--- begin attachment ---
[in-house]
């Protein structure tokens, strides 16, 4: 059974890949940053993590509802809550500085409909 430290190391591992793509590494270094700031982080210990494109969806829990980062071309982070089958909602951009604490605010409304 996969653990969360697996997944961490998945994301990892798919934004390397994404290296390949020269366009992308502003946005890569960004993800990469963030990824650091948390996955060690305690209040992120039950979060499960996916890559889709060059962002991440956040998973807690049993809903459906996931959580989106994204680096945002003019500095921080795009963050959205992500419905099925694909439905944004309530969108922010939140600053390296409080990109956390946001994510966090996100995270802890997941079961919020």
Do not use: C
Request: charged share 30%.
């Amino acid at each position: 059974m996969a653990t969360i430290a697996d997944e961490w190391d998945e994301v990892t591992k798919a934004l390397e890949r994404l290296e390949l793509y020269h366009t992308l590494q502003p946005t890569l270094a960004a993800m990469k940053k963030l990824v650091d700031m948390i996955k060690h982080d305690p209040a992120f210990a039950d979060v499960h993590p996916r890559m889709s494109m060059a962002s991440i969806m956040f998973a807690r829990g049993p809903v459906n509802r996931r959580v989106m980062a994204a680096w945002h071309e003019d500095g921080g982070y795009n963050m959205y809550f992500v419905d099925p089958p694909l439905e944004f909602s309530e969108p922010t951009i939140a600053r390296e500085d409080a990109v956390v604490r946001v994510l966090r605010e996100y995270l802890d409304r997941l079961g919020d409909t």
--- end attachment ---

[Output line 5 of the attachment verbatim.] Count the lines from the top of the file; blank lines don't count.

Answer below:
């Amino acid at each position: 059974m996969a653990t969360i430290a697996d997944e961490w190391d998945e994301v990892t591992k798919a934004l390397e890949r994404l290296e390949l793509y020269h366009t992308l590494q502003p946005t890569l270094a960004a993800m990469k940053k963030l990824v650091d700031m948390i996955k060690h982080d305690p209040a992120f210990a039950d979060v499960h993590p996916r890559m889709s494109m060059a962002s991440i969806m956040f998973a807690r829990g049993p809903v459906n509802r996931r959580v989106m980062a994204a680096w945002h071309e003019d500095g921080g982070y795009n963050m959205y809550f992500v419905d099925p089958p694909l439905e944004f909602s309530e969108p922010t951009i939140a600053r390296e500085d409080a990109v956390v604490r946001v994510l966090r605010e996100y995270l802890d409304r997941l079961g919020d409909t």